We don’t want to miss anyone. So there’s a system we have in place to make sure that we see every video. And with that there are notes that go along with it. The person [on the casting team] that views that video can call that applicant or email them and just let them know what our suggestions are to bring it up to the standards that we’re used to seeing, because we see close to 40,000 videos.

We know what the people viewing this want, as far as executives go. We know what they’re tired of seeing, what they’re interested in seeing, what will get you over the hump to be selected. So the earlier they get it in, the better. A lot of times people, unless they’re in the Ninja community, a lot of times they don’t know how to make a video.

Sometimes they’re super enthusiastic, but they’re backlit, so the light is making them look dark. They’re standing in front of the sun and their lens shuts down and we can barely see them. Or they add amazing music and we can’t hear them talking at the same time.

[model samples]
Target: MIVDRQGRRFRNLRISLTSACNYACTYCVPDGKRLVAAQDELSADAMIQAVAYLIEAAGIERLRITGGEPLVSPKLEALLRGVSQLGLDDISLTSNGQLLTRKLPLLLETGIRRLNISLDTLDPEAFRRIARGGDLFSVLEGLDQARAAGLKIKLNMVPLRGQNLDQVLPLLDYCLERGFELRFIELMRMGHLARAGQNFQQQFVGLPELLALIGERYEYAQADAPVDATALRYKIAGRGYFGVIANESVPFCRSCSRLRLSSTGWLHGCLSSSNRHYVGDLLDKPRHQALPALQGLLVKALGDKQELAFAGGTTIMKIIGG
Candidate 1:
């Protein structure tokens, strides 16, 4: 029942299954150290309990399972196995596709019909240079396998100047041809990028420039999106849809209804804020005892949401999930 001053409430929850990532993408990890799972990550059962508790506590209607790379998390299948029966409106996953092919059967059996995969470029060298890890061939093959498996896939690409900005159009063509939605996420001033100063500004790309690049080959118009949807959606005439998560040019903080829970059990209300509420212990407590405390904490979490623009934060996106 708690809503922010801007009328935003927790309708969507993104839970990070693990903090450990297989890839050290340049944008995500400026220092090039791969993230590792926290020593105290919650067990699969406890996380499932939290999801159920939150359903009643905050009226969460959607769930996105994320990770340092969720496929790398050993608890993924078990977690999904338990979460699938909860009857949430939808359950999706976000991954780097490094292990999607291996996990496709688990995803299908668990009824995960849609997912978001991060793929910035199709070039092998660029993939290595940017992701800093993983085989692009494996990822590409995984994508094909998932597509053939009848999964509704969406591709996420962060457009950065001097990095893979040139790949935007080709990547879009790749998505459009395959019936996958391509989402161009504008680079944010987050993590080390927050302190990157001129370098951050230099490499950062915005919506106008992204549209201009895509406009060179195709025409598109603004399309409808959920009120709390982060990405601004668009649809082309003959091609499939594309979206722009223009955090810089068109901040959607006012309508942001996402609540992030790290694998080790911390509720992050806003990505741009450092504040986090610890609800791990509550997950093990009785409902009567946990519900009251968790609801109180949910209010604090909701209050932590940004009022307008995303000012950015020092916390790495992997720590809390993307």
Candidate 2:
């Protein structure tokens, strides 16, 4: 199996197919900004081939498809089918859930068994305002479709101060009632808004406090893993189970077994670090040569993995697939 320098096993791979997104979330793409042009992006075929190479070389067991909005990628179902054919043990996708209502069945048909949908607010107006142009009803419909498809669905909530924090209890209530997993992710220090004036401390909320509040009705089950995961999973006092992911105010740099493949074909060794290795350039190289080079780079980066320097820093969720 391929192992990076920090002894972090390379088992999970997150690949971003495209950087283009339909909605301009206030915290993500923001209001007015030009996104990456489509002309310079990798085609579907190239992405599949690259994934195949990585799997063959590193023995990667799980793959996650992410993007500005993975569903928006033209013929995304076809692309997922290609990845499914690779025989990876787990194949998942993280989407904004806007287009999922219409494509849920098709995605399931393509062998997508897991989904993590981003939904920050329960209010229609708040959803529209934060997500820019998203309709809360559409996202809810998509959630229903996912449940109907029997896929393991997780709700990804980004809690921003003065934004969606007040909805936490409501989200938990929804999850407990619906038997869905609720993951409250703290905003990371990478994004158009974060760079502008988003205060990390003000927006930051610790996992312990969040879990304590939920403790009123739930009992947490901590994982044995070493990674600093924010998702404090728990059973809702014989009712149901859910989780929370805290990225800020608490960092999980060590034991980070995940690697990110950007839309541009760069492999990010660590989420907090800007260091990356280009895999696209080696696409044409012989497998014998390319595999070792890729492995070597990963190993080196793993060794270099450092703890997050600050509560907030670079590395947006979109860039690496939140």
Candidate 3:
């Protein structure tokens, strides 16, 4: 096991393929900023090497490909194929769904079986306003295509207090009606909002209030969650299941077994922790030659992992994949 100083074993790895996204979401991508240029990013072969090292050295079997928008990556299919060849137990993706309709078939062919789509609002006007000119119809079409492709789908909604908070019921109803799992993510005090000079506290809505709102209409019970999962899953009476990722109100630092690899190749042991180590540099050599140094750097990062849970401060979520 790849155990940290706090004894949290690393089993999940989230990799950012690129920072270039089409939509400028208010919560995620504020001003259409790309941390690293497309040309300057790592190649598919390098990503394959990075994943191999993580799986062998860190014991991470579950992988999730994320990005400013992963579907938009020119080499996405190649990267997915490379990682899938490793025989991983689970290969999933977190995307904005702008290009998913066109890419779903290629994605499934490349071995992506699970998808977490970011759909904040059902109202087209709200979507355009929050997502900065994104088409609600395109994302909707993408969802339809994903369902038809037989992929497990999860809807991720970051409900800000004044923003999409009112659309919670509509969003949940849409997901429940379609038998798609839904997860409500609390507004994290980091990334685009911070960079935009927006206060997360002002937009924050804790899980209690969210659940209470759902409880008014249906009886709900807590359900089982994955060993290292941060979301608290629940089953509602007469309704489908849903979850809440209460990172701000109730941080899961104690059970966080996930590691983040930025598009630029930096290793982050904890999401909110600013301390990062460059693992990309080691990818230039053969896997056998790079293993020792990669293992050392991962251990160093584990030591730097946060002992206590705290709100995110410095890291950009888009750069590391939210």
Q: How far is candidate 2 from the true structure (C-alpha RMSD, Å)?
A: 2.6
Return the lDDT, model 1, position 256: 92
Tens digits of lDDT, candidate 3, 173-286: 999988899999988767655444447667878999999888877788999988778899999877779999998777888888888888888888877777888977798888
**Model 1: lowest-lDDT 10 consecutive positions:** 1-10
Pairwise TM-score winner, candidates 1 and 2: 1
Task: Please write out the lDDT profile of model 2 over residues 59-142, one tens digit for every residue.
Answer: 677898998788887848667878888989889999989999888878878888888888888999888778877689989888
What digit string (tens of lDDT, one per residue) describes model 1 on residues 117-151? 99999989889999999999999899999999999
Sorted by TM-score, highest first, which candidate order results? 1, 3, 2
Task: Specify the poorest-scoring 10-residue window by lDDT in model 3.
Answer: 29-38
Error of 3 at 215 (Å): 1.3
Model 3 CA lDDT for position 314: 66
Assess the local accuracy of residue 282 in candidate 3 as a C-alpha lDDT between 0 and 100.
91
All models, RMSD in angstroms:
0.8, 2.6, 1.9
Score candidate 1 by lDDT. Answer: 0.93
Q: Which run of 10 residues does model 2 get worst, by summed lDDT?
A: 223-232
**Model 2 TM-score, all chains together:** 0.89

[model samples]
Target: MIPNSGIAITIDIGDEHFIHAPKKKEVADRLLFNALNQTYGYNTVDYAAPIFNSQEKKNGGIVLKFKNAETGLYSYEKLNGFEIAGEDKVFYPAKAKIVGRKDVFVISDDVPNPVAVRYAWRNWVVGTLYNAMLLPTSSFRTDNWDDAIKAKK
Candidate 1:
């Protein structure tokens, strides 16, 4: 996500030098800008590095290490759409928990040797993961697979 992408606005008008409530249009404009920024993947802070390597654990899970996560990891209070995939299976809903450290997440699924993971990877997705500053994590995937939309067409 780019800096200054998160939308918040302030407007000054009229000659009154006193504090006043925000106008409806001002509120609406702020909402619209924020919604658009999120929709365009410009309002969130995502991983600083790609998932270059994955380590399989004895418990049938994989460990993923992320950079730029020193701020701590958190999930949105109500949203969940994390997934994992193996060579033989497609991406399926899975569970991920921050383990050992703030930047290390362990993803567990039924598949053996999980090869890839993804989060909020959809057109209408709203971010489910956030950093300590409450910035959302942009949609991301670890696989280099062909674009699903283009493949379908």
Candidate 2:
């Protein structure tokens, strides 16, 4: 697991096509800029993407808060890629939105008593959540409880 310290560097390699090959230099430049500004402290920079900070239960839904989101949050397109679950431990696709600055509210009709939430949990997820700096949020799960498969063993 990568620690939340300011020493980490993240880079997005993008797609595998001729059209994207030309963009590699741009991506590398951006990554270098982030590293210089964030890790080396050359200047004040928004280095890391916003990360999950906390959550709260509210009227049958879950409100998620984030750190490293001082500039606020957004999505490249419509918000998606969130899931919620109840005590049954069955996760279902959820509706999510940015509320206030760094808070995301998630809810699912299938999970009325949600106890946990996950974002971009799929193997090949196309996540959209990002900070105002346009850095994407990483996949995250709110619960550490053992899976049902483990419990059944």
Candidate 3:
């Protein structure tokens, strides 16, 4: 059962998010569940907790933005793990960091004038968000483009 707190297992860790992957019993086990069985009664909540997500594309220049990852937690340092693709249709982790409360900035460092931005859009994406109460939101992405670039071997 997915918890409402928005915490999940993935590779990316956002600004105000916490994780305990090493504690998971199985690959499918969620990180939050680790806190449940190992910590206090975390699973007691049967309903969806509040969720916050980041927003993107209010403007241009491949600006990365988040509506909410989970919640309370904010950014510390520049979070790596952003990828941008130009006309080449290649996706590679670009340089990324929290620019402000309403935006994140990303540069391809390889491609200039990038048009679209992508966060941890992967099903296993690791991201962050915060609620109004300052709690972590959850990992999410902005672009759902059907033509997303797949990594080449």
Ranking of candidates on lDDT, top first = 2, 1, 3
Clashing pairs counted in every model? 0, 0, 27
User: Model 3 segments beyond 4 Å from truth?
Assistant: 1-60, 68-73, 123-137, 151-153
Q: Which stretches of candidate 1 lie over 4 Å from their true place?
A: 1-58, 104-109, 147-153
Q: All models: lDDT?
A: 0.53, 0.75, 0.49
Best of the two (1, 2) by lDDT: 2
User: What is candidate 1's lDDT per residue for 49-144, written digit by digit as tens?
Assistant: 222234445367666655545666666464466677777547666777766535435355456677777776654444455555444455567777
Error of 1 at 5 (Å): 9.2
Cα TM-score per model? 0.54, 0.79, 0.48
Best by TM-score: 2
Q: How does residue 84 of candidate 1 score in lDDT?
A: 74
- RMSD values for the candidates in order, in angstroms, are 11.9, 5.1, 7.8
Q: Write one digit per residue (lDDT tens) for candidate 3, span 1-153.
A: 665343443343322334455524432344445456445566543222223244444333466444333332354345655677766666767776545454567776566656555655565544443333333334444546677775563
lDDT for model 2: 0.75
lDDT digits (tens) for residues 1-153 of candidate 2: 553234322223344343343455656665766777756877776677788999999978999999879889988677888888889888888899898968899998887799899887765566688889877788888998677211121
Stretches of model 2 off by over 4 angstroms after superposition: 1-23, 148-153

That’s the first thing that happens when they click submit.

Most people, I would say 90%, click submit within the last three days of the submission process being open. So literally we get thousands of videos per day within that last week. At that point there’s no way we can call everybody and help. At that point, it’s just a matter of what’s there is what we’re doing one sheets on.

I don’t know if people realize how important their stories are for the show, but that’s a big part of selling them to the network and the executives. If they leave that story portion blank or scarce, it’s hard for us to put together a one sheet, a bio on them that says this is also important to know. Basically we put together a mini bio based on what they put in their application.

Brandon Hickman/NBC

I would say 80% of the people, maybe even higher, that apply at this point are super fit. There has to be something that differentiates you from someone else. If you have nothing in that story section, it makes it really challenging for any of the execs to pay attention because they look at the one sheet and they’re watching the video and yeah, you’re athletic and you’re good looking and you’re excited about being a part of American Ninja Warrior, but that’s pretty much the standard of everyone who applies. What makes you different?